And from there, I went into working in a local non-government organisation. And I cannot recall precisely if I had an epiphany or anything like that, but I knew when I finished my university degree I wanted to leave Australia.

I have an abiding hatred for any form of political activity by the military, so that motivated me to take interest in that location as well as Thailand, which at that time was passing out of military rule, but later came back into it.

And so that would be my initial attraction, but later on, as I started to do the research, I drifted away from situating myself as an Area Studies scholar and thinking more in terms of the disciplines that I was working in.

I do not want to just tell a story about torture in Burma or Thailand. And likewise, with the rule of law stuff, I did not want to just tell a story about the courts in Burma. In fact, the story I ended up telling was really a story about the law through the case study of Burma.

What was your experience like, living at the refugee camp between Burma and Thailand?

I wanted to live somewhere that was completely different from anywhere I had lived previously. And have day-to-day experiences that would enable me to see the world in a different way from how I had been raised.

It was really a way of situating myself in a time and place that was completely removed from anything else that I had been in previously. The camp was not all that remote from a border town. There were certainly more remote ones. It was about 15 to 20 kilometres away from a border town.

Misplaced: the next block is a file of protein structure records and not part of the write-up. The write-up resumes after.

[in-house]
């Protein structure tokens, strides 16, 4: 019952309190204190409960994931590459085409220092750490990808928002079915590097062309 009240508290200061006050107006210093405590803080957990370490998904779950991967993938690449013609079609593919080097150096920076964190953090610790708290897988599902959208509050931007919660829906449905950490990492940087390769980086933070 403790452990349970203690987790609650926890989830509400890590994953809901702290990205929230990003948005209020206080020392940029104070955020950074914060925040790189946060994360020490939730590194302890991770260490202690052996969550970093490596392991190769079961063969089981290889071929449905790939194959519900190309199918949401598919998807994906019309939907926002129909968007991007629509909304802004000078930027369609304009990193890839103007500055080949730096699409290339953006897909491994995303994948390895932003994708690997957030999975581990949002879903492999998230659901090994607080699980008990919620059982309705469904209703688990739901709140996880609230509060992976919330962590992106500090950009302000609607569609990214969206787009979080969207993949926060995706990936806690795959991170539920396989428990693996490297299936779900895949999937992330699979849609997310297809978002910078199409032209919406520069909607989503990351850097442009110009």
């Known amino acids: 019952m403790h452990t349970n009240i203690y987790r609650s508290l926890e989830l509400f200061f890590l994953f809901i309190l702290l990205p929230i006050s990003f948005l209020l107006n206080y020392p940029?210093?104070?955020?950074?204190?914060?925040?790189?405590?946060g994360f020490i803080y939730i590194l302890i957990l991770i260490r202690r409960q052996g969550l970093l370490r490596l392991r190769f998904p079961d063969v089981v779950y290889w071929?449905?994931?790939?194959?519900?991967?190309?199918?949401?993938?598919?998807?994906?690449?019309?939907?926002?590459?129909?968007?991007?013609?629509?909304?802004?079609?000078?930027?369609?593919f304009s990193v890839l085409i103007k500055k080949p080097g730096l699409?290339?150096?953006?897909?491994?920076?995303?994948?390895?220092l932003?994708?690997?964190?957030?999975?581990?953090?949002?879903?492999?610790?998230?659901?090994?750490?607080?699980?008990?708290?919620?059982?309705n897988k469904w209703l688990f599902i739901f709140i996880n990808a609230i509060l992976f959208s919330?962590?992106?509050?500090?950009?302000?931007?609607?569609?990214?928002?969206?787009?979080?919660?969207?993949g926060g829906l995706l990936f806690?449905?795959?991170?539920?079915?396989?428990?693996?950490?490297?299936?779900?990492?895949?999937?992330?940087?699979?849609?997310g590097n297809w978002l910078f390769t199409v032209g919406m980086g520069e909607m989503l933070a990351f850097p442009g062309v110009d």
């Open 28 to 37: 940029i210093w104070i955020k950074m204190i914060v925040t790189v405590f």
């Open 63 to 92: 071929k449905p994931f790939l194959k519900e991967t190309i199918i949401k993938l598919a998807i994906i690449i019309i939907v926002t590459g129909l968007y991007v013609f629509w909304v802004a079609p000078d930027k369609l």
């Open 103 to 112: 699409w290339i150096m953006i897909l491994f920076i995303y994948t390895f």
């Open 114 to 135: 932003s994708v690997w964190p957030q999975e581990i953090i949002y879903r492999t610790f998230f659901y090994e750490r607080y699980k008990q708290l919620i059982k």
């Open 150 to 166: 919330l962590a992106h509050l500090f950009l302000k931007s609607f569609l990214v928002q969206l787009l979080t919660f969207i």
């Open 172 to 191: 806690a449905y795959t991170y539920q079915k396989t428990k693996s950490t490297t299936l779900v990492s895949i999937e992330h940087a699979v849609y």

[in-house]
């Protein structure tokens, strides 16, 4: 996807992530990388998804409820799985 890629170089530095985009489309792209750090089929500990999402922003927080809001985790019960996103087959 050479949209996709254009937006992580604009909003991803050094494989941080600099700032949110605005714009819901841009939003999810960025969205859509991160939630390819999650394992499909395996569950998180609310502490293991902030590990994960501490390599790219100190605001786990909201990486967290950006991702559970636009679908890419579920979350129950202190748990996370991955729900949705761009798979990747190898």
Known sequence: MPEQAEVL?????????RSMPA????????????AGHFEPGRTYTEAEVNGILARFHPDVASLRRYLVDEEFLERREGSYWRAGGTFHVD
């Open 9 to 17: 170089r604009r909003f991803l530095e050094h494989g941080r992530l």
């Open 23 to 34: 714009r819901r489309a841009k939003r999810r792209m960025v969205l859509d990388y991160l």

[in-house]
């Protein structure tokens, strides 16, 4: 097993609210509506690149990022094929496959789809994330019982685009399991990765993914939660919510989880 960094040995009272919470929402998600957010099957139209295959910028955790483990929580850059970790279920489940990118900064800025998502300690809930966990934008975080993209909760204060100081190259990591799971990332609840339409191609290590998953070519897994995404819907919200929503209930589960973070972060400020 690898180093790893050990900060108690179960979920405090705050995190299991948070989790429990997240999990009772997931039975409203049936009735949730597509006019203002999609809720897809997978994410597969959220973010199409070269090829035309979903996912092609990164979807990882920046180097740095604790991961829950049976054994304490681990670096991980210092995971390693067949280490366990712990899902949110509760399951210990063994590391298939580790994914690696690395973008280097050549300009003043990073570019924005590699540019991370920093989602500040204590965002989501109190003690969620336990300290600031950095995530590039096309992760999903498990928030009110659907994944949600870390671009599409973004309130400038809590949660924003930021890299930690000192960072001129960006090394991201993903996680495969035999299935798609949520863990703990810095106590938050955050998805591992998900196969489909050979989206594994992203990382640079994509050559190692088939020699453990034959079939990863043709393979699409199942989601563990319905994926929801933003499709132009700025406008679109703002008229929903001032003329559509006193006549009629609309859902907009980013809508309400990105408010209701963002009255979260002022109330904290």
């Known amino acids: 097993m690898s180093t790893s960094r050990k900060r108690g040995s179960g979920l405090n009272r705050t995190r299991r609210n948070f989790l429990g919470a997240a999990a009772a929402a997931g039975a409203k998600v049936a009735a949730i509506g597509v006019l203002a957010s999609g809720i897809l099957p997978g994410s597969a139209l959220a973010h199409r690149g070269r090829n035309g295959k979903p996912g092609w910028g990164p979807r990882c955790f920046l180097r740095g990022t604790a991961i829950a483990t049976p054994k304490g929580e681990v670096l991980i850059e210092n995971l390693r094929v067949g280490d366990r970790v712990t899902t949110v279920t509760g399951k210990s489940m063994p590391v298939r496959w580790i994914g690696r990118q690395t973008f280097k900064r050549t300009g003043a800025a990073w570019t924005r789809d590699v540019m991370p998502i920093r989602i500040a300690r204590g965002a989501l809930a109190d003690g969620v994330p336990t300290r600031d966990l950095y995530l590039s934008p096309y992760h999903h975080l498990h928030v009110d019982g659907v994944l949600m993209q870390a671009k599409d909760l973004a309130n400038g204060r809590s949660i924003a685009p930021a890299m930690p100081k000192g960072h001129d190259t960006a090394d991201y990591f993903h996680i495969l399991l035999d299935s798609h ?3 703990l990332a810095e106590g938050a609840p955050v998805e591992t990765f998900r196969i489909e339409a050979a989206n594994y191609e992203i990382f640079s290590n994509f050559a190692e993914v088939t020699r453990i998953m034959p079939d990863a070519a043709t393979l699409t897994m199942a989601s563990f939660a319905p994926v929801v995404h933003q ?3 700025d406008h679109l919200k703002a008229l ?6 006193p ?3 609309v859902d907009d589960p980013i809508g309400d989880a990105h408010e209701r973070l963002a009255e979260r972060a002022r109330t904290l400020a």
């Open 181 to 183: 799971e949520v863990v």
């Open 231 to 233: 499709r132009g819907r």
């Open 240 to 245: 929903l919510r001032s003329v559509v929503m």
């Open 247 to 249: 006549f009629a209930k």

And so travelling in and out of it was not that arduous: it was an hour or so by public transport. Although the distance was not great, the public transport was slow and the roads not good at that time.

But once inside the camp, it really did feel like another world. There was no international agency involvement in the condition of the refugees at that time, beyond the delivery of some food supplies managed through a consortium of charities in Bangkok. There was no UN, no presence of any sort, because the government in Thailand did not want it. And so the camp was really run by the refugee community itself. They had a camp committee and administrators at all the different sections of the camp that were responsible for management.

What do you find most interesting about working at ANU?

The vibrancy of the intellectual community at the ANU, obviously, in the Asia-Pacific, is second to none. The opportunities for engagement and conversations, both with colleagues at the institution, but also just the sheer numbers of people coming through the institution constantly.

We have the Asian Studies Association of Australia conference next week. That is one instance, but I just find that throughout the year, constantly, there are people coming and going and the opportunities for conversations are almost endless. In fact, if I did take every opportunity that presented itself, I am sure I would not get anything else done.

I have developed lasting collegial relationships and cooperation, opportunities that I would not have had otherwise. And the engagement, both with undergraduates and also with postgraduate students, is wonderful.

You look at the calibre and diversity of the research student population in each department and it is just quite remarkable, the talent and the knowledge which is concentrated in this building.

Teaching makes me go back and rethink about the methods, the designs that I use in my own research. Any time we are working on something as an instructor, if you are working as a reflective teacher and you are thinking critically about the work you do yourself, you go back to that work and a course like this informs that work, both in its design and sometimes also in its substantive content.

Updated:  22 March 2016/Responsible Officer:  Su-Ann Tan/Page Contact:  CAP Web Team